Evaluating neighbourhood based policies using Secondary Data: the Neighbourhood Management Pathfinder Programme
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Evaluating neighbourhood based policies using Secondary Data: the Neighbourhood Management Pathfinder Programme

Evaluating neighbourhood based policies using Secondary Data: the Neighbour...

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Allerton Building, A217

Statham Street

Salford

M6

United Kingdom

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Evaluating neighbourhood based policies using Secondary Data: the Neighbourhood Management Pathfinder Programme

Abstract

This research contributes to methodological developments in policy evaluation via natural experiments. We evaluated one local initiative, the Pathfinder Programme using secondary data that were not collected for this purpose. Using the British Household Panel Survey (BHPS) grid reference data and intervened areas postcodes, we identified the intervention areas before and after the programme along with appropriate matched control areas, and estimated the causal effects of the programme on broad range of individual outcomes. We used a difference-in-difference approach and compared changes in the intervention and control areas across 8 years. The research showed that the pathfinder programme had positive effects on individuals’ neighbourhood problems and reported housing problems, including reductions in reported street noise, pollution, crime and vandalism, and house condensation and damp walls. These outcomes were the initially targeted outcomes of the intervention and were found to be short-lived as they vanished after four years. However, the pathfinder programme had long term significant and positive impact on the frequency of talking to neighbours, which was not an intended outcome.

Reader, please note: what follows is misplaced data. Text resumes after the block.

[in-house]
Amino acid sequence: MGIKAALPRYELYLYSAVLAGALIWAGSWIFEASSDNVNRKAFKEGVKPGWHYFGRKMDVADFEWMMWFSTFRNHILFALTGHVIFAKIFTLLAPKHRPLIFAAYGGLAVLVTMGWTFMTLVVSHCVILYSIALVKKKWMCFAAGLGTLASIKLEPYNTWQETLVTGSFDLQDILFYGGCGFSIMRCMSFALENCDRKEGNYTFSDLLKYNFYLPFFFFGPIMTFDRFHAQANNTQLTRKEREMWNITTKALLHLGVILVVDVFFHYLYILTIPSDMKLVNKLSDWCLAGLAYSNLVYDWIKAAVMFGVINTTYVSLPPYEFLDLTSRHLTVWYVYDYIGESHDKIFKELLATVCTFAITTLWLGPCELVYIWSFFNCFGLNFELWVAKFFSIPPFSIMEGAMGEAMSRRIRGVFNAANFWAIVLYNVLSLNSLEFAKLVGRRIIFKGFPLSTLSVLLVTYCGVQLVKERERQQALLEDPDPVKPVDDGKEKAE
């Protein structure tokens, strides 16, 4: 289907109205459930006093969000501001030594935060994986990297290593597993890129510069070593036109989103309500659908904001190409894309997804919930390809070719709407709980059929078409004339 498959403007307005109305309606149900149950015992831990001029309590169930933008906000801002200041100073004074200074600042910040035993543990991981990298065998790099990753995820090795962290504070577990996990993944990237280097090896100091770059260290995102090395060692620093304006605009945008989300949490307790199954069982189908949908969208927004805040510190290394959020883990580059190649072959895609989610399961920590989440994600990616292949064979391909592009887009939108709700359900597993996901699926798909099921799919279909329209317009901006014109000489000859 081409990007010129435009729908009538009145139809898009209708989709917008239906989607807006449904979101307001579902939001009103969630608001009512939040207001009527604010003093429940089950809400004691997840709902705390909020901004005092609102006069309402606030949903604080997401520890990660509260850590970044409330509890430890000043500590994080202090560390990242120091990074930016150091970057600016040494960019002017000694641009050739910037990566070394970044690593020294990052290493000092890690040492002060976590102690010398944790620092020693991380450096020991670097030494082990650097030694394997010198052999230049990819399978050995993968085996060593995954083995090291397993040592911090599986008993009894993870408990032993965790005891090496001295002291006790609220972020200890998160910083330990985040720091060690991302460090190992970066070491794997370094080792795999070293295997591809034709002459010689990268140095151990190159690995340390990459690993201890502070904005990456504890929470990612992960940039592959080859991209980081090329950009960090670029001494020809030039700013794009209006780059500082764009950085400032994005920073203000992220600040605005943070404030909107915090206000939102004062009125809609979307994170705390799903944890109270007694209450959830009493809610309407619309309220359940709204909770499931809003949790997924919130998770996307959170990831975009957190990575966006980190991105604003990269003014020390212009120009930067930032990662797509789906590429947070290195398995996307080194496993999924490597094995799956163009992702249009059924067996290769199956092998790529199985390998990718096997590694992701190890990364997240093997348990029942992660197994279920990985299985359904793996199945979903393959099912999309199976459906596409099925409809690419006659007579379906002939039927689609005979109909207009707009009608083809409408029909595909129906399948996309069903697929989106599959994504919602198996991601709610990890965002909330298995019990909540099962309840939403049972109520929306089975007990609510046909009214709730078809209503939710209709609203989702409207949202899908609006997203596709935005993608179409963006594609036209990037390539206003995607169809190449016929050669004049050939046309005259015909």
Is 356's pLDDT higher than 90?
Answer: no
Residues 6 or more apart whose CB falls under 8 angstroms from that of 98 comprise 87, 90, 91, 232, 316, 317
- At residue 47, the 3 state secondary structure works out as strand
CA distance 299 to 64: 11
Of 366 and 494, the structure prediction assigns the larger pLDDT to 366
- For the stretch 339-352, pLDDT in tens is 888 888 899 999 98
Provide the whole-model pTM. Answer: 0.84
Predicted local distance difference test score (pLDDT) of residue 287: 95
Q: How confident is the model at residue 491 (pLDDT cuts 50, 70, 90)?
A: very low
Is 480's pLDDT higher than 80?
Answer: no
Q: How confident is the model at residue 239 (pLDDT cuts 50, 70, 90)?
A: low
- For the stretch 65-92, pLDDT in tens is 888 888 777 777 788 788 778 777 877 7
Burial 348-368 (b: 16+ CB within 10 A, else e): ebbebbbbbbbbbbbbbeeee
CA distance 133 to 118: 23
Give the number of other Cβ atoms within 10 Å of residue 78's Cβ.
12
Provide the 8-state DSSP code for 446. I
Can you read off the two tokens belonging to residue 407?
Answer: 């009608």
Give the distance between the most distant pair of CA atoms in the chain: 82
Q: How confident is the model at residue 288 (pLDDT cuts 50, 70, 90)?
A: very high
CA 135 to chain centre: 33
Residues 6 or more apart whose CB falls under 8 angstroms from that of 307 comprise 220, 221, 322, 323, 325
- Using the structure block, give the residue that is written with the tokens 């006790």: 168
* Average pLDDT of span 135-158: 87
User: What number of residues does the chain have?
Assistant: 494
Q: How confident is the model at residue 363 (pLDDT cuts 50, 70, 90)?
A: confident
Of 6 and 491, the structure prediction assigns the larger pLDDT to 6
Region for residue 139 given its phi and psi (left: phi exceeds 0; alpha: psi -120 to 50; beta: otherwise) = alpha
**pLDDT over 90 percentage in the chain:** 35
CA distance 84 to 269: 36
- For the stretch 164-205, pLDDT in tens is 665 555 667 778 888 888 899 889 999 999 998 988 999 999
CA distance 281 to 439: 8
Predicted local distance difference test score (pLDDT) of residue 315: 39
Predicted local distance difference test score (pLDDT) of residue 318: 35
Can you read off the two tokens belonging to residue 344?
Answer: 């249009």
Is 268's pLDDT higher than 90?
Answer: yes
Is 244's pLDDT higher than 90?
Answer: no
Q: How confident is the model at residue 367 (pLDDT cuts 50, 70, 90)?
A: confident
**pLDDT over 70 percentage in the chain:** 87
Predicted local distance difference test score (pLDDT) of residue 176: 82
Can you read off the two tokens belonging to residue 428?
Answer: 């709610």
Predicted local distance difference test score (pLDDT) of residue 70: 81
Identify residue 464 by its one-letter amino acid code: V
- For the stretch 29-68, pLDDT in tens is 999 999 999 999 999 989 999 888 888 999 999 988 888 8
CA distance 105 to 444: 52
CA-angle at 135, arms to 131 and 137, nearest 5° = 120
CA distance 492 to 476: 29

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Sandy Tubeuf is Associate Professor in Health Economics at the University of Leeds. She designs and delivers the health economic component on several landmark trials conducting evaluations of the cost-effectiveness of health interventions and using applied econometrics methods on large data. Her research portfolio includes interventions in mental health, public health and other complex interventions. She has a special interest for the study of health inequalities, inequalities of opportunities, and policy evaluations in general. In 2015, she was awarded a Leverhulme Research fellowship and worked on evaluating neighbourhood based policies using the BHPS Grid Reference Data. She has published more than 40 articles and book chapters.

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Date and Time

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Allerton Building, A217

Statham Street

Salford

M6

United Kingdom

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